The UK labour market has done much better than expected since the start of the recession. Although we are suffering the worst recovery for over a century – national income has shrunk by almost 3% since 2008 – jobs have held up. The main reason for this paradox is that real wages have collapsed, allowing firms to enjoy cheaper labour despite low demand for their goods and services.
So much for the “green shoots” of recovery. The UK jobs figures released yesterday by the Office for National Statistics tell a sorry tale. Almost five years since the crisis started, these figures show we have 2.52 million people unemployed – that’s 7.8% of the labour force – and the numbers for the first quarter of 2013 are up by 15,000 from the last quarter of 2012.
Slow growth has hit young people hard with now 958,000 of the 16-24 age group unemployed. What’s even more worrying is the large number of people who are long-term unemployed: more than 900,000 have been unemployed for a year or more – 36% of the total jobless.
But hasn’t the government been boasting about how great our jobs market is? What’s the real deal on unemployment?
More jobs than ever before?
The headline claim that “there are more people in work today than before the economic crisis started” is true but it is also profoundly misleading. Employment has risen a little – from 29.5 million in 2007 to 29.7 million today – but the adult population has also risen. This means that the proportion of people over 16 who are in work, the employment rate, has actually fallen from 73.1% at the end of 2007 to 71.4% in 2013.
What’s more, there is evidence of underemployment as there has been a big rise in the proportion of part-timers, temporary workers and “zero-hour” contracts. Even more striking is the boom in the number of people who would like to work more hours at their current wage rates, but cannot get the extra work. Although the unemployment rate rose from 5.2% at the end of 2007 to 7.8%, estimates of the underemployment rate rose from 6.8% to 10.5%.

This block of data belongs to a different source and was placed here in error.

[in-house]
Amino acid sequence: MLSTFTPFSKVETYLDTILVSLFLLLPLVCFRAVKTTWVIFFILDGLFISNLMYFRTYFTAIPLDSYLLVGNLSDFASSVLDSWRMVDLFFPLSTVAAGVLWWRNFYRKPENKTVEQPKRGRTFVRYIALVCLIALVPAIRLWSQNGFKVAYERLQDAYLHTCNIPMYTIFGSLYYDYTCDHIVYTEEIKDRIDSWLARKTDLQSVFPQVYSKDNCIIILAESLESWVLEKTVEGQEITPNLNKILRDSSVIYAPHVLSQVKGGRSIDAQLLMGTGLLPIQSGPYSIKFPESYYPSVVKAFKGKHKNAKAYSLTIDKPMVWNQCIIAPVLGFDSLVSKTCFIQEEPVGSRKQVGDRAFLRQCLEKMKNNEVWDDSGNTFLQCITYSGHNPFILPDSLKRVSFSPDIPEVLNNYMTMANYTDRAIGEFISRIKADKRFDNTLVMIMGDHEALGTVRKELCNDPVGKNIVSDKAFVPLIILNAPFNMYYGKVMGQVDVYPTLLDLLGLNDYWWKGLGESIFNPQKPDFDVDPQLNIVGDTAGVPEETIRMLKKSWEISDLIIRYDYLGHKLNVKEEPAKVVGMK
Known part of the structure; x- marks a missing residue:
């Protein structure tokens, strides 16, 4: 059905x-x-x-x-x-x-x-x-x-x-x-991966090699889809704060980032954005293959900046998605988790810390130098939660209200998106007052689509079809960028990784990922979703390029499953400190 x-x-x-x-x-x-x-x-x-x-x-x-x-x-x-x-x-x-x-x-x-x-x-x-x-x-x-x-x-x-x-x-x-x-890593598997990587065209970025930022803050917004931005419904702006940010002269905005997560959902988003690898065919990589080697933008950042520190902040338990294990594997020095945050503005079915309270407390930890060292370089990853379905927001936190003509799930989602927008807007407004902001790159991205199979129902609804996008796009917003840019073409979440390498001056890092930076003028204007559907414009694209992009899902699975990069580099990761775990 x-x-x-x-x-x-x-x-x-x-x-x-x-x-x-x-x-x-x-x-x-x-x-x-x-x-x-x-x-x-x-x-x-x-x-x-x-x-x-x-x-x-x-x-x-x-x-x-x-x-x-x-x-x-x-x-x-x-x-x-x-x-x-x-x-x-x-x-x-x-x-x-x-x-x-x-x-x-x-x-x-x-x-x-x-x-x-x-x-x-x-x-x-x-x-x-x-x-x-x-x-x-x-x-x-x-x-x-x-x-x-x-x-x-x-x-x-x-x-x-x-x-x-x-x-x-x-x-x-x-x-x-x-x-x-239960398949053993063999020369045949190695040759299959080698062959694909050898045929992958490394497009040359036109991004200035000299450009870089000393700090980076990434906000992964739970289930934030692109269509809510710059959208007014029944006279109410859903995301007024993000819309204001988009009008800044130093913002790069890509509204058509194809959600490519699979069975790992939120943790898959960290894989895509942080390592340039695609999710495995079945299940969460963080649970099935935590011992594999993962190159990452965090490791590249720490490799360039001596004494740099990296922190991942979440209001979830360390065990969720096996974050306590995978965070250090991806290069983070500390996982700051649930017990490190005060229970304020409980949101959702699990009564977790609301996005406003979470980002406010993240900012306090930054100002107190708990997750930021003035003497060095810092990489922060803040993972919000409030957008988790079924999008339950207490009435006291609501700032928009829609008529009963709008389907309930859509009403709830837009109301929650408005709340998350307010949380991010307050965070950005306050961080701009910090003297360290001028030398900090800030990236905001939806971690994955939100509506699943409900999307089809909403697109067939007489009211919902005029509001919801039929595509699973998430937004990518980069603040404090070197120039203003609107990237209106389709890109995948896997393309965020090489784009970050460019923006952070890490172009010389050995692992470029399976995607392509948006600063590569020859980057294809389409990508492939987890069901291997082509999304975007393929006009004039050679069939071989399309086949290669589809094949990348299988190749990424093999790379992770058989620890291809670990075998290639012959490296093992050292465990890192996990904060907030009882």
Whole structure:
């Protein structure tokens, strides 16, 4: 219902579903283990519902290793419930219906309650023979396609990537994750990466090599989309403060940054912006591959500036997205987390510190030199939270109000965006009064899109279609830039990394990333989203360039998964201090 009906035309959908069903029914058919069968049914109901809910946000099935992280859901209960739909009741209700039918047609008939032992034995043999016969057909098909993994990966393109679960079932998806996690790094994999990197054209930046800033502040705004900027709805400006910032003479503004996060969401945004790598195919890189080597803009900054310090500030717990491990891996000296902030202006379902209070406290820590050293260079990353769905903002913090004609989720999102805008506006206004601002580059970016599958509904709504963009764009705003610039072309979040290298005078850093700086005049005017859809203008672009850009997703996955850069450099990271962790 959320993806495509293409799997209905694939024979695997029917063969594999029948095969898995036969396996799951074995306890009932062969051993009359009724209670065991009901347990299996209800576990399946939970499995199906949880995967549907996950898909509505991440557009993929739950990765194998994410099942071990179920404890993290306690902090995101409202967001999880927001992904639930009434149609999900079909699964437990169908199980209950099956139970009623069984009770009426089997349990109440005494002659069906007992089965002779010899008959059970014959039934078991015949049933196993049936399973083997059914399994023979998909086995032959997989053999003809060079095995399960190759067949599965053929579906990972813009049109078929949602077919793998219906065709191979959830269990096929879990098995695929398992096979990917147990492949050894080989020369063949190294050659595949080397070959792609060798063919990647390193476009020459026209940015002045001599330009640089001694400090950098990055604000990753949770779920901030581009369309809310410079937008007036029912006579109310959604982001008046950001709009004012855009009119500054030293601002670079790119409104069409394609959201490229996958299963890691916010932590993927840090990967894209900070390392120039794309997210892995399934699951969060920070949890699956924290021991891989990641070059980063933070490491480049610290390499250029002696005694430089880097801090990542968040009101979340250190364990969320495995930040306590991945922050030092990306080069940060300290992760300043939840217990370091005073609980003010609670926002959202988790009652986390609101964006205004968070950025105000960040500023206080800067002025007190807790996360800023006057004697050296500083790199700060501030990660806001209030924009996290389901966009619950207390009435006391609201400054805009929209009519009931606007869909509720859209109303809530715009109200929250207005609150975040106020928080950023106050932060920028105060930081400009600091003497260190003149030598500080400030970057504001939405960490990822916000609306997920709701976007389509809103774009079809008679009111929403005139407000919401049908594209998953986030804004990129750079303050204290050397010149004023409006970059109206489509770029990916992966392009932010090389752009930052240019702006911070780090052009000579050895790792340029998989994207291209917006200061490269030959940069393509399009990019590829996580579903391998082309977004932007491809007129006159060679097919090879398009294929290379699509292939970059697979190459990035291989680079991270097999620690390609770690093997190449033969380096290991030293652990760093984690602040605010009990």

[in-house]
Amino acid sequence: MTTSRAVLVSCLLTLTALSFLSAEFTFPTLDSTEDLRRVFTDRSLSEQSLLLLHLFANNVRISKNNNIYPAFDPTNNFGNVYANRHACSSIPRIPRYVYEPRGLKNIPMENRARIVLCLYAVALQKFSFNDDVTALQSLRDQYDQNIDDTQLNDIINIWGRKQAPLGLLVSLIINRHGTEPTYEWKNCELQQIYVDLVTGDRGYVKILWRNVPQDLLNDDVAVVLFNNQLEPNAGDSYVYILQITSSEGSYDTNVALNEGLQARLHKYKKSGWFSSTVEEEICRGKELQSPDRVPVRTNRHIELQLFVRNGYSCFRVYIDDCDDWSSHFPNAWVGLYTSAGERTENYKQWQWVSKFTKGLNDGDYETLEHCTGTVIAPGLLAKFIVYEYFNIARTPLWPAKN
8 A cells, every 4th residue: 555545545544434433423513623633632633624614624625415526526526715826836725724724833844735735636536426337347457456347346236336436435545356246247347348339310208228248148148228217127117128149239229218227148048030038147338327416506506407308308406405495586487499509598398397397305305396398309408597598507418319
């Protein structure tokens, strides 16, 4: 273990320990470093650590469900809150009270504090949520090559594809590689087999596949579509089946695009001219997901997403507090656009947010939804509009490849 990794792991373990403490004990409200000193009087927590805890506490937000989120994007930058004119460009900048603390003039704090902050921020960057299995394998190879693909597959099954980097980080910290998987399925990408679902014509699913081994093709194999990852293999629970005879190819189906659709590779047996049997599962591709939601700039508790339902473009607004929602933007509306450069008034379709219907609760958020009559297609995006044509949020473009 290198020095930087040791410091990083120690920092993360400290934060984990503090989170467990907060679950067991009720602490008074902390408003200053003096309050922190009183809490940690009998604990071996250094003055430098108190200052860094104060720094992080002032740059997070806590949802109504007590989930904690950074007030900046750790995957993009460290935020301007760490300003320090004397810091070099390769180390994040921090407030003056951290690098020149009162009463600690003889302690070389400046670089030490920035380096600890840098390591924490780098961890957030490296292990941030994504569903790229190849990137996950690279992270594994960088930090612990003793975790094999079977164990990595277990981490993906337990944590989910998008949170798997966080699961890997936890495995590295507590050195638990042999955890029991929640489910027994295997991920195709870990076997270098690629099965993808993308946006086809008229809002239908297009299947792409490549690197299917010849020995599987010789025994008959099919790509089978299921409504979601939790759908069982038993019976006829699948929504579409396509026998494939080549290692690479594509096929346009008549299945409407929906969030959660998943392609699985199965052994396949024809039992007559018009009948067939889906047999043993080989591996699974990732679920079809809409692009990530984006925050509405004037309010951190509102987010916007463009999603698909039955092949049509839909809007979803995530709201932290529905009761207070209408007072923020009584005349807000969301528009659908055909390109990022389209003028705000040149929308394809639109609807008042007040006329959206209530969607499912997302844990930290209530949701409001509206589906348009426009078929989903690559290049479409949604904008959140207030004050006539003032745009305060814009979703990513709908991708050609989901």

Figure 1: The employment rate is still below its level at the start of the recession
Why the jobs picture isn’t even uglier
Despite these caveats, economists expected the labour market to look in much worse shape given how lousy UK growth has been. The main explanation for the puzzle is that real earnings have fallen massively since 2008. Regular pay rose by only 0.8% this year – the lowest growth since records began. Cheaper labour means employers do not have to lay off so many workers in spite of lower sales.
This pattern of falling real wages in a recession is new: real wages did not fall in the early 1980s and early 1990s recessions. It is likely this increased wage flexibility is due to the decline of union power and welfare-to-work reforms over the past three decades. In the early 1980s, job centres did not try so hard to find people jobs, and claimants were switched onto disability benefits to massage down the unemployment numbers. Very few individuals were likely to ever move back into employment once they were on these benefits.
Although painful for workers, having low wages is better than having no wages, so this earnings flexibility is useful for keeping a lid on unemployment. And the “scarring” effect of recessions comes through long-term unemployment, as people lose skills, motivation and job networks. This reduces the potential growth rate of the economy through so-called “hysteresis” effects, whereby those who have suffered long-term unemployment are not as productive for the economy as they would have been otherwise.
Nor do these low wages seem to have discouraged people from looking for a job, as participation rates have risen. Normally they fall in a recession as people give up looking for jobs altogether (perhaps because of falls in house values or increases in the retirement age).
Figure 2: Pay has not kept up with price inflation
What needs to be done
The fundamental problem facing the UK now is low demand, compounded by a dysfunctional financial system. The best way to tackle the demand problem would be for the government to spend at least £20 billion on infrastructure over the next two years as recommended by many recent studies by the Institute for Fiscal Studies, the National Institute for Economic and Social Research and the Centre for Economic Performance.
As the LSE Growth Commission emphasised, the UK has failed to invest adequately in infrastructure for many decades and we have pressing needs in transport, housing and energy. Although addressing these problems requires long-term structural reform, we can kickstart things now by reversing some of the 40% cuts in investment, which would create positive multiplier effects to the wider economy.
The government itself has identified more than £300 billion of infrastructure projects needed over the next decade, even though it has no convincing growth plan over how to deliver these and what priorities to take.
There are plenty of “shovel ready” investments to get going with such as road repair and entry-level housing. The government has no excuses – it’s time to get the country moving again.
A version of this article also appears on LSE Blogs.